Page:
RHINELANDER - Ashlee Martinson will stay in prison for two more decades after a court ruling in Rhinelander on Wednesday.
Martinson shot her stepfather and stabbed her mother to death in Oneida County two years ago, when she was 17.
On Wednesday, Martinson's lawyer, Mark Schoenfeldt, tried to get her 23-year prison sentence reduced through a motion called post-conviction relief. Schoenfeldt argued Judge Michael Bloom made an error in sentencing Martinson. Bloom said Martinson had a choice of whether to kill her parents.
"When this fateful day occurred, her choice was completely nullified by the fact that she didn't have any control," Schoenfeldt said.
Schoenfeldt alluded to Martinson's brutal home life. He said prolonged abuse and distress caused her to lose control in the moment.
"This was not a normal 17-year-old that came before the court," he argued. "Ms. Martinson's life had been fraught with physical, sexual, mental, emotional distress. Her life was basically a horror story."
Bloom cited case law, state statute, and legal opinions in denying the motion to reduce Martinson's sentence.
"The Court did not abuse its discretion [in the sentencing] and the defendant's motion, that I find as such, is denied," he said.
Wednesday's hearing was just the first stop in the appeals process for Martinson.
"I would anticipate that this gets appealed to the next level," said Oneida County District Attorney Michael Schiek. "This is really kind of the stepping stone to make that happen."
Schoenfeldt confirmed he planned to argue the case to the Court of Appeals, mentioning he might later take it to the state Supreme Court if needed. Schoenfeldt believes a prison sentence closer to eight years, with Martinson's trial lawyers recommended, would be more appropriate.
"That's the range that I thought it should have been in," he said.
Martinson listened to Wednesday's hearing via phone from Taycheedah Correctional Center in Fond du Lac, the prison where she lives. Barring a successful appeal, she will be in prison until age 40 and on extended supervision until age 57.
EAGLE RIVER - Americans eat more than 46 million turkeys on Thanksgiving Day. That much thawing, handling, and cooking of turkeys means people can make mistakes.
The Vilas County Public Health Department wants to help people avoid exposing themselves to dangerous bacteria. It says frozen turkeys should always be thawed in the refrigerator or under running water.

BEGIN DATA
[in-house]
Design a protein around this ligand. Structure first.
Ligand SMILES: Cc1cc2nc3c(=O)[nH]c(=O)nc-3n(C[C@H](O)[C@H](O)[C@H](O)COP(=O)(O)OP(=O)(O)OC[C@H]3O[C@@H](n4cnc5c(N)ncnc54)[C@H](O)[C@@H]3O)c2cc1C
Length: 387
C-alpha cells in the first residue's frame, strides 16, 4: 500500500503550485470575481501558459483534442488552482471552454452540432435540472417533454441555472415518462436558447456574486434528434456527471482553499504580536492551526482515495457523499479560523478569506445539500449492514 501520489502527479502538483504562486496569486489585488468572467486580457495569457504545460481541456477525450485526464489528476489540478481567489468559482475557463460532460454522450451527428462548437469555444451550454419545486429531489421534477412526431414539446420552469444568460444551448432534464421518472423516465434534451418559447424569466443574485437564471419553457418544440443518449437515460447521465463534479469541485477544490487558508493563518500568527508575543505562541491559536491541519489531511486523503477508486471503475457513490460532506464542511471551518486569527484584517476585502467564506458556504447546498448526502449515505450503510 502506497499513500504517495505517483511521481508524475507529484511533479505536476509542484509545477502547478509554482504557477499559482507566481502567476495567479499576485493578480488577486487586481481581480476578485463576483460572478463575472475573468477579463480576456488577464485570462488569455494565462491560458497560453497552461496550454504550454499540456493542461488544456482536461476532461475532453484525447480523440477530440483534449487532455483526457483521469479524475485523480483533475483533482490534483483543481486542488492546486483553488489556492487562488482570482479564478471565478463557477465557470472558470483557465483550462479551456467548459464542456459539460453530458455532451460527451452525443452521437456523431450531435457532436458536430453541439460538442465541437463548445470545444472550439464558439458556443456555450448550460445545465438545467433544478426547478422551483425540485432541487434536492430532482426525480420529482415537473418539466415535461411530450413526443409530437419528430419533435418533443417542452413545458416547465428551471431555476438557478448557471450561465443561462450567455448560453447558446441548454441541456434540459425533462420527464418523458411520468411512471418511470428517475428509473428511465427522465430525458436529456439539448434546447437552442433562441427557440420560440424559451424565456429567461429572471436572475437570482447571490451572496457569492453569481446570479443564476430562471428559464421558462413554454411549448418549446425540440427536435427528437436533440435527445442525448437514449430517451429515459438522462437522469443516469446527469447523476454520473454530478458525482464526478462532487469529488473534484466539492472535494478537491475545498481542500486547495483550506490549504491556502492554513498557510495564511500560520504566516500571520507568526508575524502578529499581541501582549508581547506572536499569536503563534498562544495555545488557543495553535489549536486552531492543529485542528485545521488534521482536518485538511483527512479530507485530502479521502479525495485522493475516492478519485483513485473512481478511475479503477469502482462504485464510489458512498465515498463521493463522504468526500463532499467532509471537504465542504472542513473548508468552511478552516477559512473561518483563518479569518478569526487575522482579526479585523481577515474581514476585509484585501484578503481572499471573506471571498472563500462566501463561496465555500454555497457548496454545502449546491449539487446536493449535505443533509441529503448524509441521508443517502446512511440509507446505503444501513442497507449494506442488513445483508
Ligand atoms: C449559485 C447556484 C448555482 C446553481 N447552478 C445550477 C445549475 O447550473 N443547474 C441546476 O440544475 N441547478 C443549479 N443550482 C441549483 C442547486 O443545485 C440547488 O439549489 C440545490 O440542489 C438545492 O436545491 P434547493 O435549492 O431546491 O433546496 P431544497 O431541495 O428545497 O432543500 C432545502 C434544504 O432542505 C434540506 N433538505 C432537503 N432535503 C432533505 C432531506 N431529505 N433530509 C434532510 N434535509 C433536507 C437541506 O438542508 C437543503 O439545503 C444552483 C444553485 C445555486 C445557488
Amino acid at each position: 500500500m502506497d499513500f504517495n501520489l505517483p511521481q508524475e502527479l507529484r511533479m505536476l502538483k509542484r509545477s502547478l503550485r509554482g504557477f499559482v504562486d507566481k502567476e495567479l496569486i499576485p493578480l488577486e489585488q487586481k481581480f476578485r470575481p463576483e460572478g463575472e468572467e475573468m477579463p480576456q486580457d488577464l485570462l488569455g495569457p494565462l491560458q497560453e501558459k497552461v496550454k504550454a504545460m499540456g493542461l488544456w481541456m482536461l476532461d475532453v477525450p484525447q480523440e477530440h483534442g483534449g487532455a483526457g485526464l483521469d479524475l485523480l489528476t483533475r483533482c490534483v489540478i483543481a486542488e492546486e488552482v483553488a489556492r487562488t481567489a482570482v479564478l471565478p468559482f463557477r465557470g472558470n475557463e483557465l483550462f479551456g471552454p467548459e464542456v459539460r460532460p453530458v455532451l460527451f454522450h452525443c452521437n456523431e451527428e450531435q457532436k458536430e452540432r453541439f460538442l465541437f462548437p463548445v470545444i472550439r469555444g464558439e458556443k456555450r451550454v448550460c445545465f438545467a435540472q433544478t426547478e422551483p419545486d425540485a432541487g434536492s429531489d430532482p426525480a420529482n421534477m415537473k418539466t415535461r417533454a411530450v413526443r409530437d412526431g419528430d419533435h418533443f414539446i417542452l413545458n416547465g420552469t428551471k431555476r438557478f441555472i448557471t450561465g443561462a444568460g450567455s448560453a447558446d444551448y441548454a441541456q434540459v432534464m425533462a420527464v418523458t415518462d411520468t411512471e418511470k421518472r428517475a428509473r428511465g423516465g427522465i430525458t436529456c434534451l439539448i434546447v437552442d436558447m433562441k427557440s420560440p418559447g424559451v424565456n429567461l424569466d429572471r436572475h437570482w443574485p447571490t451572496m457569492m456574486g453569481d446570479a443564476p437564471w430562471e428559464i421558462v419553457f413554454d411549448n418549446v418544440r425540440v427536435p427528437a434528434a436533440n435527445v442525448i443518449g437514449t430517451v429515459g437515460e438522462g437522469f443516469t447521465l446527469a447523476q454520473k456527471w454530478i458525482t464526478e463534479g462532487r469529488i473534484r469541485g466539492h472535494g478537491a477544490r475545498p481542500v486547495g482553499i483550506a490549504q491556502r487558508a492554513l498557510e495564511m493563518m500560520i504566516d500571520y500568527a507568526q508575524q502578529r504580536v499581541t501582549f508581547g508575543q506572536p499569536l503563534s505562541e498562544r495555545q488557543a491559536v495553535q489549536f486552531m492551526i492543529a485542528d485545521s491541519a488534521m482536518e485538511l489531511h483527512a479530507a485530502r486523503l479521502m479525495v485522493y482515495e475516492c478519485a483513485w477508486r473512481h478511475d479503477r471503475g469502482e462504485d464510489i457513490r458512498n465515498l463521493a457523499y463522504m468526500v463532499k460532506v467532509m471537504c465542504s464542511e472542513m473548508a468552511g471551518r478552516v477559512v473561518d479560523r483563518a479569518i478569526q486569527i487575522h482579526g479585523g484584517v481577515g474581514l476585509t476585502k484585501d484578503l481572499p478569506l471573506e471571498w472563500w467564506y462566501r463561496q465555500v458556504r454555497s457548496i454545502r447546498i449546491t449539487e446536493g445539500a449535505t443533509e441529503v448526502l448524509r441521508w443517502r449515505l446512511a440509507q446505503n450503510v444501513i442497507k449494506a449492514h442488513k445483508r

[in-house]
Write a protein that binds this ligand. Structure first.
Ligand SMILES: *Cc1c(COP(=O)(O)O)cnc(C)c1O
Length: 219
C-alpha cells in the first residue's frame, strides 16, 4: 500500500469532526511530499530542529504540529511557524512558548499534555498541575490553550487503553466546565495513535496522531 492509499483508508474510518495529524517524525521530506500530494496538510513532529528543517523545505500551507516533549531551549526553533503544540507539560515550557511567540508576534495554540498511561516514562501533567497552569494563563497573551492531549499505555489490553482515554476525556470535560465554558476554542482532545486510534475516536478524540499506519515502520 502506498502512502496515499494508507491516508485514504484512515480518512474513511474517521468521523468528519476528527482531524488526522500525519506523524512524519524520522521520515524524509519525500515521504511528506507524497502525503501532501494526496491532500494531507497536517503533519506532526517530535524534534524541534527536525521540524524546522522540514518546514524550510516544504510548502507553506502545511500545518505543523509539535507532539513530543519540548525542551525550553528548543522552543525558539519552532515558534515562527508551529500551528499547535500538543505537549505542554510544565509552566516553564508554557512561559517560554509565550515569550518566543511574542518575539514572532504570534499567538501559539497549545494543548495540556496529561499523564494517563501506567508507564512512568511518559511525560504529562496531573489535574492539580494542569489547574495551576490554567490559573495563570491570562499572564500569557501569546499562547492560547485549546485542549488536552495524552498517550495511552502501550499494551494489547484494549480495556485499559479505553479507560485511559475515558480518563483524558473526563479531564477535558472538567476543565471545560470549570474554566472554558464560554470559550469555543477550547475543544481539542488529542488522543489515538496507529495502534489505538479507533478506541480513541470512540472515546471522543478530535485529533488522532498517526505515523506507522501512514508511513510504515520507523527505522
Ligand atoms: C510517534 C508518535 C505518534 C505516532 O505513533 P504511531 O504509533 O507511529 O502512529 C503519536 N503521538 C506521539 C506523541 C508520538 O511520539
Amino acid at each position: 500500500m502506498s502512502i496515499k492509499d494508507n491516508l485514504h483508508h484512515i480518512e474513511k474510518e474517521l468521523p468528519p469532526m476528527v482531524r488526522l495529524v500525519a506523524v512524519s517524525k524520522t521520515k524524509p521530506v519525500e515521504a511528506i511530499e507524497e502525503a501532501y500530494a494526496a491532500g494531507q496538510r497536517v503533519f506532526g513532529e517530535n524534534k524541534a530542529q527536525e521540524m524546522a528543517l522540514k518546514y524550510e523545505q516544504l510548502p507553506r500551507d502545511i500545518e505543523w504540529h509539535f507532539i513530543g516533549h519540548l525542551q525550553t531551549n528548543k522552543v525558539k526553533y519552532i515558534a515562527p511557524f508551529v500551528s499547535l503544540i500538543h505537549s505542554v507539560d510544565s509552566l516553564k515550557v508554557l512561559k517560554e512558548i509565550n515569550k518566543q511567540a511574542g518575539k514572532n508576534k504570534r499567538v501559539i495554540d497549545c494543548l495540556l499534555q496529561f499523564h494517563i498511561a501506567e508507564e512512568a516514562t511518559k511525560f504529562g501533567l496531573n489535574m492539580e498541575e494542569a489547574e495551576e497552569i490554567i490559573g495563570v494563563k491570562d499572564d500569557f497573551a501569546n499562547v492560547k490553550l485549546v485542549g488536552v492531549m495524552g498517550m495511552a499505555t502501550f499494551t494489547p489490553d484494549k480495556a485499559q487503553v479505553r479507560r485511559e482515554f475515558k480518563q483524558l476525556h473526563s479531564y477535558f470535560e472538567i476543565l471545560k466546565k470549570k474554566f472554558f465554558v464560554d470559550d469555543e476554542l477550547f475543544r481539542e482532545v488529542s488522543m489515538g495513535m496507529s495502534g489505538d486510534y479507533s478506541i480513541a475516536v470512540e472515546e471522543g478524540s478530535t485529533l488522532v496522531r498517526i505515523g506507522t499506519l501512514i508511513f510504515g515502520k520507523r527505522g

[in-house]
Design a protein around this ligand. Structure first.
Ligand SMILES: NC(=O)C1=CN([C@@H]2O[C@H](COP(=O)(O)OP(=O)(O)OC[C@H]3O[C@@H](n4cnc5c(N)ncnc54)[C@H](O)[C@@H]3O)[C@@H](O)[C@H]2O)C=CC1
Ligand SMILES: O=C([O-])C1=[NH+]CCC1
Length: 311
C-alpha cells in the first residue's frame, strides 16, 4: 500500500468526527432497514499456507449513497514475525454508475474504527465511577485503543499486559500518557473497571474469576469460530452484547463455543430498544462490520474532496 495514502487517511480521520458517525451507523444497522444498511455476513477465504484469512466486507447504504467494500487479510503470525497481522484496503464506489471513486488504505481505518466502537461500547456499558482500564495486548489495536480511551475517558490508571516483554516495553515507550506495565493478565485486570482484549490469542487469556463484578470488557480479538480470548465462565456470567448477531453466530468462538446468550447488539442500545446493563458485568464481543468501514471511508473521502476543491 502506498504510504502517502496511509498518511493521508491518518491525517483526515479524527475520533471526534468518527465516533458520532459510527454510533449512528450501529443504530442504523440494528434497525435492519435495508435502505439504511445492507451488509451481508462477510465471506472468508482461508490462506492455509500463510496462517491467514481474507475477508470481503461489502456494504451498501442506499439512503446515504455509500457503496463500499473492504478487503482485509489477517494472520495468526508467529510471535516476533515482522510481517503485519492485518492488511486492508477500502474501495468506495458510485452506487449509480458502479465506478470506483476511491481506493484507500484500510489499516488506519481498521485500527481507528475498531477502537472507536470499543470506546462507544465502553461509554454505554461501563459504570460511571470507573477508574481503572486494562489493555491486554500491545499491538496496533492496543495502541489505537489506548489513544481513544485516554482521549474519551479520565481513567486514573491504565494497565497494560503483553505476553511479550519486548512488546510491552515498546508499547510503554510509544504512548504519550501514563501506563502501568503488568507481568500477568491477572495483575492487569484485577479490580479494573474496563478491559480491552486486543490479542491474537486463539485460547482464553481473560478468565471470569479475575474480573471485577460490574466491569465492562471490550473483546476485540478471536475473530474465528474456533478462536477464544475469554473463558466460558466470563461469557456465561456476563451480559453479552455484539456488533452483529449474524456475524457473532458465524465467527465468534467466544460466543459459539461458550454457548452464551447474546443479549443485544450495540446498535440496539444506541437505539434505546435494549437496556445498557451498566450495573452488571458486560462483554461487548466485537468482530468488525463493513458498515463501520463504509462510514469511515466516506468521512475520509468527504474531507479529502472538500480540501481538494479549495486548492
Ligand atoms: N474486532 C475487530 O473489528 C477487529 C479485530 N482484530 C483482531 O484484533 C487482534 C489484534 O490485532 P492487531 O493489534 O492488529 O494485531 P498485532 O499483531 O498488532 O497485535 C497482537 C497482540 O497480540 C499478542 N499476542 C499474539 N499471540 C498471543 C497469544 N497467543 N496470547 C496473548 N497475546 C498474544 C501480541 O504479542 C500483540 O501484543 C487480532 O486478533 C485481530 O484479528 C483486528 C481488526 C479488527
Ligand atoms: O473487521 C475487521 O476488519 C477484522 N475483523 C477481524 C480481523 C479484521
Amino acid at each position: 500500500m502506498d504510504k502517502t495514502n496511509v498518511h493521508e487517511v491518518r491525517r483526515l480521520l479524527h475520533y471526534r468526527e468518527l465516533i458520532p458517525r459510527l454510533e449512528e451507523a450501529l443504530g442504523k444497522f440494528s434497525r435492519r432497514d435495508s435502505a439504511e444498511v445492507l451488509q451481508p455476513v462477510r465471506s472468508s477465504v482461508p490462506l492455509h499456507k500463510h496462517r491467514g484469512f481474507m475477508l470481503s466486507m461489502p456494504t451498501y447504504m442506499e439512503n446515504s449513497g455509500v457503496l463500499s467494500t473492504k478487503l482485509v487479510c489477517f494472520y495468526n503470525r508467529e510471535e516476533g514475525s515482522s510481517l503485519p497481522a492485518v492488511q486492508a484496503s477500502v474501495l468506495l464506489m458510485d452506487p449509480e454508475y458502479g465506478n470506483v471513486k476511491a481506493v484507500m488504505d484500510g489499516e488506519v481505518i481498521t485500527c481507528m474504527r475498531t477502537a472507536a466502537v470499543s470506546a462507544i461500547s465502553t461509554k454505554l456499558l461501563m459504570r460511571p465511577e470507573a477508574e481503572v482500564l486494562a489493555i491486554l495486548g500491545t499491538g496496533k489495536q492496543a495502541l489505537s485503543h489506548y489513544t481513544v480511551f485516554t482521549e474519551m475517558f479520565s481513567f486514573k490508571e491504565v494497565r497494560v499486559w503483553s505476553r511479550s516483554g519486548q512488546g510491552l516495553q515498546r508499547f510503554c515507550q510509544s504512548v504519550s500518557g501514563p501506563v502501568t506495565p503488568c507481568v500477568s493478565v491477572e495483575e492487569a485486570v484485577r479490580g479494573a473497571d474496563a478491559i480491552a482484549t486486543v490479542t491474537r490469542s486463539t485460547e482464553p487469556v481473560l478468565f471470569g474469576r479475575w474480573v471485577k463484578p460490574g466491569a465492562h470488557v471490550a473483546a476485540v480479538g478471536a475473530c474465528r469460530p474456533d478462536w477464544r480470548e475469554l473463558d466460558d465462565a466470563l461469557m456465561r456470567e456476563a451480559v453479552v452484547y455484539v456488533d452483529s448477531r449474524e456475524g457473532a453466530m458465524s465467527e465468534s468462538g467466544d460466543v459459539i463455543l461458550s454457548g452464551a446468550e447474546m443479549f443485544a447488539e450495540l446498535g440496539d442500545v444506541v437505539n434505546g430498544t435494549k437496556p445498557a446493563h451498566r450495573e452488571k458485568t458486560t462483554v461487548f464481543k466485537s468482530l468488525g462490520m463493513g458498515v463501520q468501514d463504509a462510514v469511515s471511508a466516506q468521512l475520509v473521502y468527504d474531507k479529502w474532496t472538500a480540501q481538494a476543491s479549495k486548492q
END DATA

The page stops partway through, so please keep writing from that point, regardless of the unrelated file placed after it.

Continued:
"You don't want to set them out on your countertop for any amount of time to thaw them because that's when they're going to be in the 'danger zone.' The 'danger zone' is between 40 and 140 [degrees Fahrenheit], and that's when pathogens can grow," said Vilas County Registered Sanitarian Amy Springer.
RHINELANDER - The Rhinelander Salvation Army hopes to raise $40,000 in its bell ringing campaign again this year. It reached that goal during the holidays a year ago.
Volunteers kicked off the bell ringing drive at Trig's and Shopko on Friday. Eighty-six percent of money raised stays in the Rhinelander area to help families in emergencies.
"We're very excited that we're keeping our goal at 40 (thousand dollars) this year, and we're hoping that people are continuing to be generous in helping us reach that goal," Rhinelander Salvation Army Kettle Coordinator Kim Swisher said. "People are friendly, they're excited, they're like, 'Oh, it's bell ringing time!' [That] always means the holidays. We're excited about that."
You'll see volunteers at Trig's and Shopko through the holidays. Bell ringing starts at Walmart next week.
RHINELANDER - Snow plows can't do their job very well when cars sit in their way. That's why Rhinelander's winter parking ban will return in just a couple of weeks.
Starting December 1st, cars can only park on designated sides of the street during the day. On even-numbered days, cars park on the side of the street with even addresses. On odd numbered days, cars must park on odd-numbered sides of the street.
UPDATE: The suspected shooter from a homicide in Tomahawk has been identified as Eric Lee Moen, 32. Tomahawk Police Chief Al Elvins confirmed Moen is being held in the Lincoln County Jail for a 1st-degree intentional homicide charge.
The Lincoln County Clerk of Courts reports Moen is being held on a $1 million cash bond. He has yet to appear in court, but an initial appearance has been set for Monday at 1:30 p.m.
Online court records show Moen was convicted of various traffic offenses. He was also convicted of misdemeanor battery in Portage County from a 2002 case.
Elvins plans to release more information Friday afternoon.
Tomahawk police identified the victim in the city's first shooting homicide in years. Friday morning, Police Chief Al Elvins announced Charles K. Ramp, 52, was shot and killed outside his home on W. Mohawk Drive Thursday night.
Police arrested the suspected shooter, a 32-year-old man from Wausau, but did not identify him. The suspect was found about 130 miles away in Lake Hallie, which is near Eau Claire.
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